This article will tell you a bit more about how different cultural backgrounds can affect the accepted attitudes and approaches towards plagiarism.
With frequent student exchanges and international studying programs, individuals now have an opportunity to experience learning and evolving in a completely different culture to what they’re used to. However, most student obligations involve writing essays and research papers where they need to use various sources. Different cultures have different customs about which texts students can use, what the text borrowing should look like, and where the writer should place the authors’ names. That leads to many cultural differences in plagiarism.
We will now dive deeper into academic integrity and how cultures view plagiarism. Keep reading to find out more!
Academic Integrity in the US
Academic integrity and plagiarism are taken very seriously in the US. Plagiarism is a situation where an individual uses someone else’s ideas and words as their own or without proper citation.
Education in the US
Education in the US strongly relies on educational integrity and nourishes the importance of giving original authors proper attribution. Scholars who follow this ideology and comply with the rules of citation are also highly valued and respected by others.
Children who start their elementary education in the US are already familiar with the concept of plagiarism. They learn how to create the “Works Cited” page and properly ascribe facts, ideas, and quotes to original authors as a way of plagiarism prevention.
Later on, in college education, undergraduates must master the craft of citation as they’re required to cite their projects and research papers.
The process of educating young American learners about plagiarism improves continually as more and more schoolchildren become aware of the importance of attributing credit to original authors.
Even though Americans know the basics concerning plagiarism, not all pupils in the US are their natives. Developed and prestigious schools and universities across the US accept entrance applications from all parts of the world, which creates a diverse student community.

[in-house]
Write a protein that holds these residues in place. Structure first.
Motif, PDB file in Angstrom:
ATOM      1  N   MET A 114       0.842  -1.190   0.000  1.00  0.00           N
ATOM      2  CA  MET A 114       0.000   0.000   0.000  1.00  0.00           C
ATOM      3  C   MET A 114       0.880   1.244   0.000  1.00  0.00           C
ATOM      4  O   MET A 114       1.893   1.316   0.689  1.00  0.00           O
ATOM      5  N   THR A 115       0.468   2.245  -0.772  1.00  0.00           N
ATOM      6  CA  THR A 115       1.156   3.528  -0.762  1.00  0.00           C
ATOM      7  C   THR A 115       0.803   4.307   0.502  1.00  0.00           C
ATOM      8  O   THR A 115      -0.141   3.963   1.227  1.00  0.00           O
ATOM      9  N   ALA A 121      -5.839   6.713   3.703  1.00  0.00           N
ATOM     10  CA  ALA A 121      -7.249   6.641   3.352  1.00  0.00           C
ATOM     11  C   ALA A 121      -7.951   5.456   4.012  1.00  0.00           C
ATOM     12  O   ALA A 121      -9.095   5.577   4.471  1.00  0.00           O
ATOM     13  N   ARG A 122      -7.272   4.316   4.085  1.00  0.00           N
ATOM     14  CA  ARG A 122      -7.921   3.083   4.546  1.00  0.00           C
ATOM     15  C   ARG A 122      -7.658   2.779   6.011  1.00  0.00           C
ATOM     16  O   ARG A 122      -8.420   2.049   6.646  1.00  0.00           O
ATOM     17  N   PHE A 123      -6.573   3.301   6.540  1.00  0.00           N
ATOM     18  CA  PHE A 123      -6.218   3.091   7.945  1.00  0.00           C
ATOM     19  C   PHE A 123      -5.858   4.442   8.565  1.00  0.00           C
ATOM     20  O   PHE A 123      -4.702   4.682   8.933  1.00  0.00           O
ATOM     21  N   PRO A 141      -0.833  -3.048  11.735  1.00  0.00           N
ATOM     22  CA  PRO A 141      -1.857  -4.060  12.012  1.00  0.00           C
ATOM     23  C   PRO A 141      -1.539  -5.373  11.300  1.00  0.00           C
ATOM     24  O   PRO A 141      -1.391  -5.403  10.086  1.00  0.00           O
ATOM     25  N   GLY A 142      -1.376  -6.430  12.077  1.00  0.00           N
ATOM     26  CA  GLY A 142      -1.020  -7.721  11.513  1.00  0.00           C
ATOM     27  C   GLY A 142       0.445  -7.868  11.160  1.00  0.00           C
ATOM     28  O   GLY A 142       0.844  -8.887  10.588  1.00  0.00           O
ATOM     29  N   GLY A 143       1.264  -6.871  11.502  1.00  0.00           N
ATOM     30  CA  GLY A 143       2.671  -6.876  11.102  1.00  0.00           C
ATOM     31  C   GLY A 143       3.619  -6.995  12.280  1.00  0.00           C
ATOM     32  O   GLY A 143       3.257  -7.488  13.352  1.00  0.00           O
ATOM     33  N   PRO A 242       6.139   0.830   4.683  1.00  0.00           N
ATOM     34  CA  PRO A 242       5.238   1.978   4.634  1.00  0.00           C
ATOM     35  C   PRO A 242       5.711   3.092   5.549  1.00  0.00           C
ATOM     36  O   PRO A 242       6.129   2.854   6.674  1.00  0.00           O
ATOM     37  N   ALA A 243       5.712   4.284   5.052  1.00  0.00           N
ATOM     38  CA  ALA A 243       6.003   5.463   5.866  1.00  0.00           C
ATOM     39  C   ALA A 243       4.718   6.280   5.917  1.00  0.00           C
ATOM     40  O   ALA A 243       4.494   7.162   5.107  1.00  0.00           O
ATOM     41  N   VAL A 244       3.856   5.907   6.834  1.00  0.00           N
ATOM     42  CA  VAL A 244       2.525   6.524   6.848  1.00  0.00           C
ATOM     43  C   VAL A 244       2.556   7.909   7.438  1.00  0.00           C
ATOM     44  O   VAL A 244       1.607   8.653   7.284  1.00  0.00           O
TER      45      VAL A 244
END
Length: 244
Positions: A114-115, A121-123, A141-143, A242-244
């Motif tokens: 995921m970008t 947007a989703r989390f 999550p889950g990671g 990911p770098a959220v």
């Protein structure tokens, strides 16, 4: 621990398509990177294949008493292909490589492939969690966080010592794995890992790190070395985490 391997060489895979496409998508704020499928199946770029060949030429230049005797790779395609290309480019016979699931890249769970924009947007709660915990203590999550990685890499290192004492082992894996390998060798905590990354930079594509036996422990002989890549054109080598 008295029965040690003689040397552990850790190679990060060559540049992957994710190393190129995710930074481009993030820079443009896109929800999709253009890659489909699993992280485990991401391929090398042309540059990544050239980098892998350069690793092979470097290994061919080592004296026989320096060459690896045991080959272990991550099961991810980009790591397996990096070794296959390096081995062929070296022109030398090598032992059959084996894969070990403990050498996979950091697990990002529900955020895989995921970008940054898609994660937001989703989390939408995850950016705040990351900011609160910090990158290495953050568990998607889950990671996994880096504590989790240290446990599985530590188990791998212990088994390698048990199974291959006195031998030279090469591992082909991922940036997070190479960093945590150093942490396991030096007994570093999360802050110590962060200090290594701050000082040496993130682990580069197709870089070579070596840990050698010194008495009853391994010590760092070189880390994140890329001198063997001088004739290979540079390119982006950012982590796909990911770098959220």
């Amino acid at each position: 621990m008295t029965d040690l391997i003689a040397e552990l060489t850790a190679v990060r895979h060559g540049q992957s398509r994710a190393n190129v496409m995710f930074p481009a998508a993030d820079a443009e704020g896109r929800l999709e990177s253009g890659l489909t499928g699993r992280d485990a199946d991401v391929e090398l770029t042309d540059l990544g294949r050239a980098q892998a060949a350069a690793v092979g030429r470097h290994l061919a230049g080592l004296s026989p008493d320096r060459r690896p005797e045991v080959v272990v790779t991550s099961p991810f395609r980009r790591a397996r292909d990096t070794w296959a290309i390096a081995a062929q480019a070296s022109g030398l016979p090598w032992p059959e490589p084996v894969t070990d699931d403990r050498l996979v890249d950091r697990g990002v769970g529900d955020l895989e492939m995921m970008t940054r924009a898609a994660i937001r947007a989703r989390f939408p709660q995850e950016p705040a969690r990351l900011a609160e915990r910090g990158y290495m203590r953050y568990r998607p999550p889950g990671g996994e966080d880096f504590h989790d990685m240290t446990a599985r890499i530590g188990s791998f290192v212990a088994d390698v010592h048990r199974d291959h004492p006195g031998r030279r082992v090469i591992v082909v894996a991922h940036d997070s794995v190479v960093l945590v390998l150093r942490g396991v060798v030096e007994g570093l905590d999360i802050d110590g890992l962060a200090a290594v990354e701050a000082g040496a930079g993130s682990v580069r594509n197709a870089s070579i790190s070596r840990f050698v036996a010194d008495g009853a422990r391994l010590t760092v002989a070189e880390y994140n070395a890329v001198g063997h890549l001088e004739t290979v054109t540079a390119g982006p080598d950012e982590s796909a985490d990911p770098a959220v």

Because academic integrity policies are unique to every culture and aren’t universal, individuals from different places struggle to understand the American concept of plagiarism which is often unfamiliar to them.
Many scholars don’t understand how citing works or why providing flawless citations is such a big deal. Most of them simply end up copying large parts of the text without any rephrasing. Thus, the sole idea of explaining and understanding the concept of plagiarism frustrates plenty of administrators, teachers, and international students.
As a result, foreigners temporarily or permanently studying in the US face numerous disciplinary actions due to their poor citing skills. Failing grades and suspension are just some of the actions taken against submitting plagiarized content.
A Potential Solution
To better explain the importance of plagiarism in the US, teachers must guide and educate foreigners on plagiarism and educational integrity. Starting from using various educational resources to bring the idea of plagiarism closer to foreigners, teachers can then slowly and patiently introduce ways of avoiding plagiarism to people from different cultures.
Effective communication regarding plagiarism is based on examining the cultural differences between the US and native countries of pupils. Educators can achieve remarkable results through patience, understanding, compassion, effort, and cooperation.
Understanding the Concept of Plagiarism in Different Countries
Although globalization affects all parts of the world, some standards can’t be altered as they’re deeply rooted in the nation’s culture. Each country approaches the notion of plagiarism differently, while some countries don’t even acknowledge its existence.
Now that we have explained plagiarism in the US, here’s a brief guide on how different countries view plagiarism.
The Middle East
In the UAE, Saudi Arabia, Qatar, Kuwait, Cyprus, and other countries in the Middle East, traditional cultures have quite different views on plagiarism when compared to the US.
Individuals are expected to know where specific phrases and ideas come from, especially if they attend higher education. Quoting and paraphrasing the best-known religious or political authorities is common in all fields, without attribution to the original authors. Scholars and teachers are expected to know where the texts come from, so the attribution is unnecessary.
Formally citing these sources would mean the student didn’t know the ideas belong to common knowledge, which can seriously insult teachers and harm the student’s future in education.
Student writers must learn what information they should know by heart and what their teachers consider as common knowledge that they shouldn’t have to cite. That isn’t a simple task but, with enough academic maturity and experience, individuals learn to distinguish common knowledge from the uncommon.